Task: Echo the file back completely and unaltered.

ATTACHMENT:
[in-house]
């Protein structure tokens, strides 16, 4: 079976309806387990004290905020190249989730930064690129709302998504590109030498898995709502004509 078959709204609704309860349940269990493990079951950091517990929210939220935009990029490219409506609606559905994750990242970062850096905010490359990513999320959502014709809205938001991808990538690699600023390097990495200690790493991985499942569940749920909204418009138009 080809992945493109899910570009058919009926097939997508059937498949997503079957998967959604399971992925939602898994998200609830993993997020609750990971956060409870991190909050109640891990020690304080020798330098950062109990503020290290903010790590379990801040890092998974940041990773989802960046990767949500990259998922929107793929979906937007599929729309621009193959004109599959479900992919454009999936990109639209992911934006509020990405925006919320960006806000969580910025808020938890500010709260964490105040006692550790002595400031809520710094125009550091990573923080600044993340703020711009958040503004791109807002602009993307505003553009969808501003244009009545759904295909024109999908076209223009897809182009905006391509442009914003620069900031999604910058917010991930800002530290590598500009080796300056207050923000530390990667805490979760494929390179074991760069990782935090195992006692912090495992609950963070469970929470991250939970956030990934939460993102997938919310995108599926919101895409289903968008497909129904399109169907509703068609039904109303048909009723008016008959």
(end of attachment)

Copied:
[in-house]
């Protein structure tokens, strides 16, 4: 079976309806387990004290905020190249989730930064690129709302998504590109030498898995709502004509 078959709204609704309860349940269990493990079951950091517990929210939220935009990029490219409506609606559905994750990242970062850096905010490359990513999320959502014709809205938001991808990538690699600023390097990495200690790493991985499942569940749920909204418009138009 080809992945493109899910570009058919009926097939997508059937498949997503079957998967959604399971992925939602898994998200609830993993997020609750990971956060409870991190909050109640891990020690304080020798330098950062109990503020290290903010790590379990801040890092998974940041990773989802960046990767949500990259998922929107793929979906937007599929729309621009193959004109599959479900992919454009999936990109639209992911934006509020990405925006919320960006806000969580910025808020938890500010709260964490105040006692550790002595400031809520710094125009550091990573923080600044993340703020711009958040503004791109807002602009993307505003553009969808501003244009009545759904295909024109999908076209223009897809182009905006391509442009914003620069900031999604910058917010991930800002530290590598500009080796300056207050923000530390990667805490979760494929390179074991760069990782935090195992006692912090495992609950963070469970929470991250939970956030990934939460993102997938919310995108599926919101895409289903968008497909129904399109169907509703068609039904109303048909009723008016008959």